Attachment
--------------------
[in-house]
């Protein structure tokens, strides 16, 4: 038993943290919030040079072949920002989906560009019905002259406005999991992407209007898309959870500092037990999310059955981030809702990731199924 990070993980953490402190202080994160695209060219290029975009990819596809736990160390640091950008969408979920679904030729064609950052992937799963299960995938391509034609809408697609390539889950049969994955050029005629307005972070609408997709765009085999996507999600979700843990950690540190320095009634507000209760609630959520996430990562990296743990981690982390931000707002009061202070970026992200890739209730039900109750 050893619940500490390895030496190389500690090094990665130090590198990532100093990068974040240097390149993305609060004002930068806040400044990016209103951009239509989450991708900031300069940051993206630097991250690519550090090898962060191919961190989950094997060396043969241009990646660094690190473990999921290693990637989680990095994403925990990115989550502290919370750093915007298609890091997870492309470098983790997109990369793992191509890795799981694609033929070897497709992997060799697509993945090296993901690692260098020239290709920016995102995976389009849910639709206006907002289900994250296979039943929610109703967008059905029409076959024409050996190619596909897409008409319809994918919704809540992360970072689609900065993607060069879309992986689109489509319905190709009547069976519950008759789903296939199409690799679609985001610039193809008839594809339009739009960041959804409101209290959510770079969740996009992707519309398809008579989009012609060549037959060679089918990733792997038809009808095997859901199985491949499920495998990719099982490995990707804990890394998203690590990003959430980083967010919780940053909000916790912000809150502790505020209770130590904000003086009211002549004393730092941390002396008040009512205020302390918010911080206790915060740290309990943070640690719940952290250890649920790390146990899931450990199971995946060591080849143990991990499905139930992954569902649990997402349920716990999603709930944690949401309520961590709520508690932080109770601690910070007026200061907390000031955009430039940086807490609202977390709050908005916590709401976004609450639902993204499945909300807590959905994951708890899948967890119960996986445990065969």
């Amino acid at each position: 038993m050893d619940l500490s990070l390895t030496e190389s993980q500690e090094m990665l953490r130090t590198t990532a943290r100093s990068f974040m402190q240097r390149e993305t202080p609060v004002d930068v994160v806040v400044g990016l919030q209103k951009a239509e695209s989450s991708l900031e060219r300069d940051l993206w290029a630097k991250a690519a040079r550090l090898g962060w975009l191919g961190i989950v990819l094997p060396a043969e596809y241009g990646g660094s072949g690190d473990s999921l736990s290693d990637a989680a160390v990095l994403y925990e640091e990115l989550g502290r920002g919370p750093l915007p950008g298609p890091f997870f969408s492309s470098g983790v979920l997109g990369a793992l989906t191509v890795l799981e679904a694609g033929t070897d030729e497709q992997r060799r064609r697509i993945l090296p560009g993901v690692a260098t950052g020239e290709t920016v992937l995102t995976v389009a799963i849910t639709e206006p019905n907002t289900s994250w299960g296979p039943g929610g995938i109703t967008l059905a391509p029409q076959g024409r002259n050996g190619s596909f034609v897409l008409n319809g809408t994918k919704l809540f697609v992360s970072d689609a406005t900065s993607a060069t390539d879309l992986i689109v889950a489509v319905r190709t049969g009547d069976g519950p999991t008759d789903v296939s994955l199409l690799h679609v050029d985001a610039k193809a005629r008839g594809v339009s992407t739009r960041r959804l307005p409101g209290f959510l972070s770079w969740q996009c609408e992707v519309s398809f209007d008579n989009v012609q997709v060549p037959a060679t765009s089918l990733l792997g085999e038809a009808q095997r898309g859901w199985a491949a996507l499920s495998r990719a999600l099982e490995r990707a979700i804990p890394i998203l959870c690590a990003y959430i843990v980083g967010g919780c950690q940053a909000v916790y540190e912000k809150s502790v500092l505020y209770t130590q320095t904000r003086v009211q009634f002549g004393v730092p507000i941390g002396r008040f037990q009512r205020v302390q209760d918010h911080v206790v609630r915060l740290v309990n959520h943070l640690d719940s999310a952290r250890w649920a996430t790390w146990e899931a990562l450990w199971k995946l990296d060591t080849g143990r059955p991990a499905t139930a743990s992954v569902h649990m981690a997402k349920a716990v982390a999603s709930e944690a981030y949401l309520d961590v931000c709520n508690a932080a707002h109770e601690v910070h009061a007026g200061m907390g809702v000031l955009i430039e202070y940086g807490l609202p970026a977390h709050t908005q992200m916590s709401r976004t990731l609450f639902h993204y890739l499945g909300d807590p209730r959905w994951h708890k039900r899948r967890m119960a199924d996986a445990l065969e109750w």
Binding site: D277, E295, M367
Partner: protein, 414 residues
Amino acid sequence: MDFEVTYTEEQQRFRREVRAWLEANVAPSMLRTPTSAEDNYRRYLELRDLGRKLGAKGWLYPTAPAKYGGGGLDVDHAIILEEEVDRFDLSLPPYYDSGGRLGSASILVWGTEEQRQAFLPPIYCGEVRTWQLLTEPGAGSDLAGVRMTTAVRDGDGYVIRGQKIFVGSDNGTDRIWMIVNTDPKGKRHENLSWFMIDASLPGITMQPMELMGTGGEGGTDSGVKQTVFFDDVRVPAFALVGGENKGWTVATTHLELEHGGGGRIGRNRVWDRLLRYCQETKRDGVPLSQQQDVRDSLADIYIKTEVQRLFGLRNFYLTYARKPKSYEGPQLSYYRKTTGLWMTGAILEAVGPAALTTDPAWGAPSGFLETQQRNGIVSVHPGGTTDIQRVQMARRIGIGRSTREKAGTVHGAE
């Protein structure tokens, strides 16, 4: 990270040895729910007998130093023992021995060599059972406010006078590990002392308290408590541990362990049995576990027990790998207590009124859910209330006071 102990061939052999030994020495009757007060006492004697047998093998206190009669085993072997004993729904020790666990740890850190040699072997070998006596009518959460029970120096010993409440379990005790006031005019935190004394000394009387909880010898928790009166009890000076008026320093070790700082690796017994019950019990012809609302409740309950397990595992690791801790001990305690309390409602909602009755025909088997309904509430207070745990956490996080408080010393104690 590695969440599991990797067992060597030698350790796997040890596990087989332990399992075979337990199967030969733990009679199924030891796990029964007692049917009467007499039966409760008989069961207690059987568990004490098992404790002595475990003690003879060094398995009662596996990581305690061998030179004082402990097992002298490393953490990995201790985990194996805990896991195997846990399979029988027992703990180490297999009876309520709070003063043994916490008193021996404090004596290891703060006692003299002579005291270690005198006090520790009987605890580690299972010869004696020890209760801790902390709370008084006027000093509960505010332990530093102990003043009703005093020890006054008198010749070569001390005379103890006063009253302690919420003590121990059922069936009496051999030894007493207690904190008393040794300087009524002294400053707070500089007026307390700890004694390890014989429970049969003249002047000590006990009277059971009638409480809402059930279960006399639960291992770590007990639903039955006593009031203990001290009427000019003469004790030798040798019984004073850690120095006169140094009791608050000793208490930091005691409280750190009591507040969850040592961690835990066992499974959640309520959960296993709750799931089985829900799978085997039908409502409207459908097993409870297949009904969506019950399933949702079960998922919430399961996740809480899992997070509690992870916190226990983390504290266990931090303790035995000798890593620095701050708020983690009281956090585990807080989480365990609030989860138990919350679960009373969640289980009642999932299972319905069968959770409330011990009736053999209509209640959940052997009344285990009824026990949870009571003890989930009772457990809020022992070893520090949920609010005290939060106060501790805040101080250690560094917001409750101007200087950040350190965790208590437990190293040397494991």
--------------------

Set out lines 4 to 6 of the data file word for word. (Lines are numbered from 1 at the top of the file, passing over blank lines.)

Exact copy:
Binding site: D277, E295, M367
Partner: protein, 414 residues
Amino acid sequence: MDFEVTYTEEQQRFRREVRAWLEANVAPSMLRTPTSAEDNYRRYLELRDLGRKLGAKGWLYPTAPAKYGGGGLDVDHAIILEEEVDRFDLSLPPYYDSGGRLGSASILVWGTEEQRQAFLPPIYCGEVRTWQLLTEPGAGSDLAGVRMTTAVRDGDGYVIRGQKIFVGSDNGTDRIWMIVNTDPKGKRHENLSWFMIDASLPGITMQPMELMGTGGEGGTDSGVKQTVFFDDVRVPAFALVGGENKGWTVATTHLELEHGGGGRIGRNRVWDRLLRYCQETKRDGVPLSQQQDVRDSLADIYIKTEVQRLFGLRNFYLTYARKPKSYEGPQLSYYRKTTGLWMTGAILEAVGPAALTTDPAWGAPSGFLETQQRNGIVSVHPGGTTDIQRVQMARRIGIGRSTREKAGTVHGAE